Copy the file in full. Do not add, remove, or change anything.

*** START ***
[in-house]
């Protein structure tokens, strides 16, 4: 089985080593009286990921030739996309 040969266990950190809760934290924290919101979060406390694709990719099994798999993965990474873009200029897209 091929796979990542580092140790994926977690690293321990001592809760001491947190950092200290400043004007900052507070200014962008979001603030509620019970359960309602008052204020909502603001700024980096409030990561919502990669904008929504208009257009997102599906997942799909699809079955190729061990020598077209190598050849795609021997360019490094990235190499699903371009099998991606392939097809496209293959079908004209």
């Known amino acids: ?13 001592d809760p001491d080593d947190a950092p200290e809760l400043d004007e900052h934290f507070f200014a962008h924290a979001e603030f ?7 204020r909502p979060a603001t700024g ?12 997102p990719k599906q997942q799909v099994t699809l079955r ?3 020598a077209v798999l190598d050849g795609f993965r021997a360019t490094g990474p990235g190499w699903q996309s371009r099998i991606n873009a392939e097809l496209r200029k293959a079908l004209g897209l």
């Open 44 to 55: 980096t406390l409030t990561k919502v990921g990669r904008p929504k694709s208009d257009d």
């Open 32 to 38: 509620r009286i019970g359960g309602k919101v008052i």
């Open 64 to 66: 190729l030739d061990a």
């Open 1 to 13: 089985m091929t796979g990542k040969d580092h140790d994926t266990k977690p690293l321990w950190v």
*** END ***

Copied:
[in-house]
């Protein structure tokens, strides 16, 4: 089985080593009286990921030739996309 040969266990950190809760934290924290919101979060406390694709990719099994798999993965990474873009200029897209 091929796979990542580092140790994926977690690293321990001592809760001491947190950092200290400043004007900052507070200014962008979001603030509620019970359960309602008052204020909502603001700024980096409030990561919502990669904008929504208009257009997102599906997942799909699809079955190729061990020598077209190598050849795609021997360019490094990235190499699903371009099998991606392939097809496209293959079908004209």
């Known amino acids: ?13 001592d809760p001491d080593d947190a950092p200290e809760l400043d004007e900052h934290f507070f200014a962008h924290a979001e603030f ?7 204020r909502p979060a603001t700024g ?12 997102p990719k599906q997942q799909v099994t699809l079955r ?3 020598a077209v798999l190598d050849g795609f993965r021997a360019t490094g990474p990235g190499w699903q996309s371009r099998i991606n873009a392939e097809l496209r200029k293959a079908l004209g897209l």
């Open 44 to 55: 980096t406390l409030t990561k919502v990921g990669r904008p929504k694709s208009d257009d």
């Open 32 to 38: 509620r009286i019970g359960g309602k919101v008052i």
């Open 64 to 66: 190729l030739d061990a």
């Open 1 to 13: 089985m091929t796979g990542k040969d580092h140790d994926t266990k977690p690293l321990w950190v």